And then there is Pablo Zabaleta. I live in City country up here in the frozen north, and ran into an old friend/contact last week who is heavily involved at City. He laughingly told me we were going to lose our right-back at the end of the season.

Then the following day all that stuff from a Middle Eastern newspaper was being lifted by everyone. I was told Zaba, who still has a house in the Manchester area, fancies a swansong in Italy, or he may take up the Academy coaching role he turned down with the Champions last season.

He is taking his coaching badges and can talk to foreign clubs in January. And he would be interested in a role with us. His influence on our youngsters and the sheer professionalism of the man has been a major boost to the club this season, and we should want to keep him as long as possible. Maybe the club should consider offering a playing/coaching role, and quickly.

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And then there was the tremendous display from Anderson. I have tried to hold off on the criticism of the Brazilian, who is just the sort of player we should be signing. Without Manu Lanzini and with Dimitri Payet long gone, Anderson can fill the void.

He has such obvious skills, touch, vision and talent, if not blinding pace. That may explain why he has only one Brazil cap and he's 26. But you want him to succeed, don't you? The relief was obvious from him when he scored those two goals - he could have had three more - and he needs support to build his confidence, not booing and abuse.

He admits he has found the pace and strength of the Premier League hard, but Burnley couldn't live with him. They never got close, unlike Spurs in the league game.
They targeted him from the start, crowded him, hit him hard every time they could.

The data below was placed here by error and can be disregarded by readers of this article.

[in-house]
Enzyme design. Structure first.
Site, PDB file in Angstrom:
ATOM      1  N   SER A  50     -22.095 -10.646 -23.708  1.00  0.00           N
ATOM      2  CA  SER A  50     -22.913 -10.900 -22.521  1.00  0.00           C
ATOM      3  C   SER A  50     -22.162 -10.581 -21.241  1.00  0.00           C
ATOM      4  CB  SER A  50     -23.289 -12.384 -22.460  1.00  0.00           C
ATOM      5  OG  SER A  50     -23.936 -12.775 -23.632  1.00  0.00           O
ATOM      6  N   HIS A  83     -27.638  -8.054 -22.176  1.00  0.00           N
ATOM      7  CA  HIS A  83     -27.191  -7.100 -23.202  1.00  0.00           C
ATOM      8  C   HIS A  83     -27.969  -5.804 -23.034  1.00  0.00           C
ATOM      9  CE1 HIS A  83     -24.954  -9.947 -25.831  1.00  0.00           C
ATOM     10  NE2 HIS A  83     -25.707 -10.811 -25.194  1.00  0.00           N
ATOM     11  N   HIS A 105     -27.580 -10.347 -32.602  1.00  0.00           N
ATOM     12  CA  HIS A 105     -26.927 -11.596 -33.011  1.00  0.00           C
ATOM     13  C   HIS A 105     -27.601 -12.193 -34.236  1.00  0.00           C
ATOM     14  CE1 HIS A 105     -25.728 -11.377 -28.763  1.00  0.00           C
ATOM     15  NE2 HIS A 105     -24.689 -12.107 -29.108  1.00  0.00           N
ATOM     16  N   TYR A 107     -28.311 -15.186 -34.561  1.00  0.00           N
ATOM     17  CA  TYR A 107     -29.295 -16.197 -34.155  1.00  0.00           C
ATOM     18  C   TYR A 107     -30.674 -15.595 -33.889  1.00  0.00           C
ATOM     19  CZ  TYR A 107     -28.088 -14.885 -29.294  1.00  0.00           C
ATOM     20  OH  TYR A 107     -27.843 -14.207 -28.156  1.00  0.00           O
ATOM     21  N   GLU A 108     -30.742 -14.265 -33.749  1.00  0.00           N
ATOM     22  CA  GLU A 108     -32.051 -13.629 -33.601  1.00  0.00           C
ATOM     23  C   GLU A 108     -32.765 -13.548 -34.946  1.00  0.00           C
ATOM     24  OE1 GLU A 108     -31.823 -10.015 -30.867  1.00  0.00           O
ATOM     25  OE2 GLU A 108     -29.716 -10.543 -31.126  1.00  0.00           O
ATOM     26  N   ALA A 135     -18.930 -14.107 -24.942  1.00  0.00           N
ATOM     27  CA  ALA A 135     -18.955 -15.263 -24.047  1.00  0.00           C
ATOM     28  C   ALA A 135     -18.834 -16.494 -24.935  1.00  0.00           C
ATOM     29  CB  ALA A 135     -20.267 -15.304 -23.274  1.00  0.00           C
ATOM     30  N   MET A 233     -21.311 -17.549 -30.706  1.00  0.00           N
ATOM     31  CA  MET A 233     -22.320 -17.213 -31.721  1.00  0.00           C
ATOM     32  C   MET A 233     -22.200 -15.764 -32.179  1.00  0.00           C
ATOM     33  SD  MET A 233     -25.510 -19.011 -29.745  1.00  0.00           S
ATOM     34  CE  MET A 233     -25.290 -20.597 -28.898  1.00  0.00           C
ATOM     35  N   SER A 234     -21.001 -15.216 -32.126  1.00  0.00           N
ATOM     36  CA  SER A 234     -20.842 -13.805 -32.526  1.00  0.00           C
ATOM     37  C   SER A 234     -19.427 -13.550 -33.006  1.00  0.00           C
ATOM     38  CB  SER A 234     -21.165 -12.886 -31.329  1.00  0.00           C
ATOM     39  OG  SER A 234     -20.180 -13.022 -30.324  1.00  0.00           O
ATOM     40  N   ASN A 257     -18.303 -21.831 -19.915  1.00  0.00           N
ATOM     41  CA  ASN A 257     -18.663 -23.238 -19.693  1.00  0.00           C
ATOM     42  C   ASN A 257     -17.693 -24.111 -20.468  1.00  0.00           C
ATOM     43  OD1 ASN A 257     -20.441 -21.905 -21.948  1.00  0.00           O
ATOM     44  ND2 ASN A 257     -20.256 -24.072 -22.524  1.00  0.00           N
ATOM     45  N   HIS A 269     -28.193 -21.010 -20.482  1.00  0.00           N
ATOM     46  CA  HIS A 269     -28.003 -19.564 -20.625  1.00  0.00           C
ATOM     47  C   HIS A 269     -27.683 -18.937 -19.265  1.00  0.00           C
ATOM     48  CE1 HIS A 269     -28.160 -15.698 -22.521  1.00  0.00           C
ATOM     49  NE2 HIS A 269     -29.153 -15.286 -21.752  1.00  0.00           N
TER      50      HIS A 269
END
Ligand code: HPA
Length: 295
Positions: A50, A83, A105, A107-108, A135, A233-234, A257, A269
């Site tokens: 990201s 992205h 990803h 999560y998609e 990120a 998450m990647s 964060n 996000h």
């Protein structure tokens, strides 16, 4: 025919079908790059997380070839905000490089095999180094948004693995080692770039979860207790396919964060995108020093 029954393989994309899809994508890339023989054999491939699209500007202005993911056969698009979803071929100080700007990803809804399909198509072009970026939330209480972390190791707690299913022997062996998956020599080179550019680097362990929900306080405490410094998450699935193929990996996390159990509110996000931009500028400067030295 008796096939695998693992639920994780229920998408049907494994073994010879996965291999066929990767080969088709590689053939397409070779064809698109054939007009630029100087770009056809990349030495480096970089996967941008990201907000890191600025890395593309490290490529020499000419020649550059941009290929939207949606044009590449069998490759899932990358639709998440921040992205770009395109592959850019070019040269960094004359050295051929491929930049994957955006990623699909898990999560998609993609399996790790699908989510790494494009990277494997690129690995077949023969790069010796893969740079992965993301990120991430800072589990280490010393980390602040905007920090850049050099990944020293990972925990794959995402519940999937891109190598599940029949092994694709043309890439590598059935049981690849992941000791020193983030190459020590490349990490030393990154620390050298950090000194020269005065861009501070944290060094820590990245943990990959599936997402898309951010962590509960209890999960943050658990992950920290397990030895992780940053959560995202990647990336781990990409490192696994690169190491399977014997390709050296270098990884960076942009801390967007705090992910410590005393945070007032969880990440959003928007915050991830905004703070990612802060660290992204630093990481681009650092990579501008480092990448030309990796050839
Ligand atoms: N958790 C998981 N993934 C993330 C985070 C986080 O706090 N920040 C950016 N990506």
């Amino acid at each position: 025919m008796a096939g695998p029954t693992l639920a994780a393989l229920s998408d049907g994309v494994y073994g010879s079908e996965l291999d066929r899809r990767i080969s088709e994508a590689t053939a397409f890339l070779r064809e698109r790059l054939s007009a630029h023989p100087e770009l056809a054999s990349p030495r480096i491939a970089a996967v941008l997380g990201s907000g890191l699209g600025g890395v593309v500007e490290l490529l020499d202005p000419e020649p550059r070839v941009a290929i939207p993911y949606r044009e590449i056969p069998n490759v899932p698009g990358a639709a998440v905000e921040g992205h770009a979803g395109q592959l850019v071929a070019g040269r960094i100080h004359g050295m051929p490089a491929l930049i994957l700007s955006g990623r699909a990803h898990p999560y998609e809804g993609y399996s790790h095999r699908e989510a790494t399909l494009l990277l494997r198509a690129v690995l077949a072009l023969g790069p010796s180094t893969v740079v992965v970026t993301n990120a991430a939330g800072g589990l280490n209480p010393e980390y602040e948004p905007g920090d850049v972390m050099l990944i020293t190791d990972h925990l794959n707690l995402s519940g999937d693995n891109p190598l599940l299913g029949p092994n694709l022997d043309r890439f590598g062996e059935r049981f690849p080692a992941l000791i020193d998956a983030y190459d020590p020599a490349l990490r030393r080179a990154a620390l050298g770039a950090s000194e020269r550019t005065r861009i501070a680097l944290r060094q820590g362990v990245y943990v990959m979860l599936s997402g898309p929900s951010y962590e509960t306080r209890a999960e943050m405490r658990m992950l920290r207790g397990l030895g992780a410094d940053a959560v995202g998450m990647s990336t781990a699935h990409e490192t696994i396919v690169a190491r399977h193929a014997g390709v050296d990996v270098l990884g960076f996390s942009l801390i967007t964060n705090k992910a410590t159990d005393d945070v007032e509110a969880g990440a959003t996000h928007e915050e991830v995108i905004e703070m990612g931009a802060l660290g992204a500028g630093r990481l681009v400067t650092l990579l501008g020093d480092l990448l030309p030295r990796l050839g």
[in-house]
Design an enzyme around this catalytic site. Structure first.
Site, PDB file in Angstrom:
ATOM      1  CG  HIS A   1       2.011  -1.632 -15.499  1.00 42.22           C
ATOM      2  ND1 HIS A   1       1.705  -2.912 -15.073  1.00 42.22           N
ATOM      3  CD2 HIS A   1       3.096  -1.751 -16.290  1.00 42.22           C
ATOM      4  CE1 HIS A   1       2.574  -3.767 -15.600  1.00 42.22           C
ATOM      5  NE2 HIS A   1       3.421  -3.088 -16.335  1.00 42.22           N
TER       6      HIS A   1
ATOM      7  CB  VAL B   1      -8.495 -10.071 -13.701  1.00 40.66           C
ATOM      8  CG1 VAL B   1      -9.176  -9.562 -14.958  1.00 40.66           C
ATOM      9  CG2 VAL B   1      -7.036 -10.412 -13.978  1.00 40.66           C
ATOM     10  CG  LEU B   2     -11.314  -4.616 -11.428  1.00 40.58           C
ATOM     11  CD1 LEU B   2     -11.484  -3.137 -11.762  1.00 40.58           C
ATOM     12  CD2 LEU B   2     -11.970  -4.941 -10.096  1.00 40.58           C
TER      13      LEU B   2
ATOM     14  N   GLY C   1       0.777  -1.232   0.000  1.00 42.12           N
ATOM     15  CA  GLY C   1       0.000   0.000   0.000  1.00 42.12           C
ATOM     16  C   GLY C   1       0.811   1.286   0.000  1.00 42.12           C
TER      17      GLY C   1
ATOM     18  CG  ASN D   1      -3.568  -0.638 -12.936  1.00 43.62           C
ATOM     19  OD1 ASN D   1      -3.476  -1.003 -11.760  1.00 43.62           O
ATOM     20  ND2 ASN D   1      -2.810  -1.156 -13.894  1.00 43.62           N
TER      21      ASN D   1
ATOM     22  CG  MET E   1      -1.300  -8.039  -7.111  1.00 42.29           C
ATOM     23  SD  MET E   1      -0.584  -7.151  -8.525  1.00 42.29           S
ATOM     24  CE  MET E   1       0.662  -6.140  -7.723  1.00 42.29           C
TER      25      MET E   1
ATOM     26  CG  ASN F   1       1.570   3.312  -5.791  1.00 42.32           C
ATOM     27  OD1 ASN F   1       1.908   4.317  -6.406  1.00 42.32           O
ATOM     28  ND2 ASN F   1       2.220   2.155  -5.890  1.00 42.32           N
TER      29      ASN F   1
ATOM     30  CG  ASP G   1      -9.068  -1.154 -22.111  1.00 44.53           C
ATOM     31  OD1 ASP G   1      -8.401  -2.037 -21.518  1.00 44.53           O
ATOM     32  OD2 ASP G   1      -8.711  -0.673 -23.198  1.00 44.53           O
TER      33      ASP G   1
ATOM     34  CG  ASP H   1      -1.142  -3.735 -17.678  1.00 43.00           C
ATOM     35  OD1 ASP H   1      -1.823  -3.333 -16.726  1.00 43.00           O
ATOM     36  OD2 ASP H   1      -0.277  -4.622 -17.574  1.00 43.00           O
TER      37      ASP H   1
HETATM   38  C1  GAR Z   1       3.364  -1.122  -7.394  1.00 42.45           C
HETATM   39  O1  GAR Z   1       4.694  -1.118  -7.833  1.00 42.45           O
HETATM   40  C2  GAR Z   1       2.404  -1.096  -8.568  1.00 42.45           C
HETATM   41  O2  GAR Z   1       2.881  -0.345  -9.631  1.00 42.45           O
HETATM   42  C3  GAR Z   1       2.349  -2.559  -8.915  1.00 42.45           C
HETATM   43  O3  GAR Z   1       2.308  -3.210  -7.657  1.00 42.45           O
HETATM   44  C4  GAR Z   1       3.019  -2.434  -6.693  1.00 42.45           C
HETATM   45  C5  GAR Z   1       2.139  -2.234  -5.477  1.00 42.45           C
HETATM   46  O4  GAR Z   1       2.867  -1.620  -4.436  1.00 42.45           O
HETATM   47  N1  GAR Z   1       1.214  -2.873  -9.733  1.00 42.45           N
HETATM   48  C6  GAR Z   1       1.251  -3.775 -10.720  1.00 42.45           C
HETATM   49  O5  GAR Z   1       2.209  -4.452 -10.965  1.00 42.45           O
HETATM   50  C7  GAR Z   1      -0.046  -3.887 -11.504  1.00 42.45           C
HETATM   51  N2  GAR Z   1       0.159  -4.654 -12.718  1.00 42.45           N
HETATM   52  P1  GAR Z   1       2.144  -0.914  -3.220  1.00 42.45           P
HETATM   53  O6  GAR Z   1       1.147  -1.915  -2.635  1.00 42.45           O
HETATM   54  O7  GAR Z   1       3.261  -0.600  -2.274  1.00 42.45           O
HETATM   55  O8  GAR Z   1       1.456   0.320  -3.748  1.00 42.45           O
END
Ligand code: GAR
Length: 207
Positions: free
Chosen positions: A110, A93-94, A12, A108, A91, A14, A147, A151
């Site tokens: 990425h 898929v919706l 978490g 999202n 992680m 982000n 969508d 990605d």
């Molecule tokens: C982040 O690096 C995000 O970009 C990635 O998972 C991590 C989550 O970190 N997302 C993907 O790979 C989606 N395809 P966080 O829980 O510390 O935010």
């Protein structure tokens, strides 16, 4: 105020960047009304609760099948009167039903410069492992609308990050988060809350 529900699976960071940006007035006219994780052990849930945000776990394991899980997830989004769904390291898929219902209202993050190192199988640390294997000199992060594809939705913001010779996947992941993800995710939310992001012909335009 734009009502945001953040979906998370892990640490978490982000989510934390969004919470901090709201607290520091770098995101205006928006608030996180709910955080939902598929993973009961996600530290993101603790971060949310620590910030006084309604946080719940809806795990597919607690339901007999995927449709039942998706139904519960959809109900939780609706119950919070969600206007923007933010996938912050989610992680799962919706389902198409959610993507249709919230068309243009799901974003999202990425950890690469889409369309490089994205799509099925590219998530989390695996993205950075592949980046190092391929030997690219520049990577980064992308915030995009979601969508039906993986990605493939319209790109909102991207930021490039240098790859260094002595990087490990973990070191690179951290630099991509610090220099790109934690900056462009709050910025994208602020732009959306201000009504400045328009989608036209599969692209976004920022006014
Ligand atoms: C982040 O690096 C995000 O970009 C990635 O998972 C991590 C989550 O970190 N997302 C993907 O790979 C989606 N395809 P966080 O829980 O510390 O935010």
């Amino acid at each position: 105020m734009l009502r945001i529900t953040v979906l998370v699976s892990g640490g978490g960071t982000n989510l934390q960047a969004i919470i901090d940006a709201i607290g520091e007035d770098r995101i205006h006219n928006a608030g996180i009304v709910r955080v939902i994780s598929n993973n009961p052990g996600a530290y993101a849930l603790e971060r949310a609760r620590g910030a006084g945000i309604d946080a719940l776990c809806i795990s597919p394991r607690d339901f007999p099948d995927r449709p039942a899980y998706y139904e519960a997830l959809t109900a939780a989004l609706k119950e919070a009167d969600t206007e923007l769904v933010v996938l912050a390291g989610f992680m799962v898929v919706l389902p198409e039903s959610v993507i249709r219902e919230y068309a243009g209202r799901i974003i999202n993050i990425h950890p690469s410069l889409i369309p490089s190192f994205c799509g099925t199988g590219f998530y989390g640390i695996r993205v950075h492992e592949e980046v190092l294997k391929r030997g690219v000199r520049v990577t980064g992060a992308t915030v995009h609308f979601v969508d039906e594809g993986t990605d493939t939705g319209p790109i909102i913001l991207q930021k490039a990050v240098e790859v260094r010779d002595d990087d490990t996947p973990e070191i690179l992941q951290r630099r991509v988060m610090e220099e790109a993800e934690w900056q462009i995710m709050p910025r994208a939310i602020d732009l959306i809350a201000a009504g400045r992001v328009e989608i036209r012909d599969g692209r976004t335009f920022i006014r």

I feel he struggles against physical attention, and other clubs may well not be as accommodating as Burnley. The Clarets had decided to kick lumps out of Diangana and Arnie, and you have to wonder how on earth James Tarkowski stayed on the pitch. Referee Roger East missed an obvious penalty and should have shown the Burnley centre back a straight red for that terrible lunge at Diangana.

Huddersfield on Saturday may well concentrate more on Anderson after last weekend's performance.

It seems he had a reputation in Italy for being inconsistent. The tough bit now for him is to repeat last weekend's stunning performance when we try for back-to-back league wins for the first time in almost two years.

Maybe it's time to find that streak of consistency that is always missing. A trip north to a cold stadium and a scrap with relegation candidates is something we don't normally handle well.

A mention, too, for Michail Antonio. He did really well coming on late at Leicester to keep defenders occupied and to battle away. The travelling support gave him a good ovation for that.

Against Burnley he set up Chicharito's goal, and looks to have found a bit of that bullish confidence from a couple of years back.

But back to Bobby Moore. Like the rest of you, no doubt, I watched that compelling documentary about the great man on BBC2 on Sunday. I have been a little surprised by the reaction, because it was two years old and initially broadcast to mark the 50th anniversary of the World Cup Final victory.

I had seen it before, but it was well worth a second look. The last time round, I recall, Harry Redknapp got all the headlines for slagging off our club for the way they treated his mate. And rightly so.

The missing knighthood came up again, but it should be common knowledge now that there is no provision for posthumous awards in the honours system, it would take the government and royal approval to change the established system. Piers Morgan was in there again with his view, but thankfully he has not reached royal status yet.

No-one has ever been awarded a posthumous knighthood - and I can't see that changing any time soon.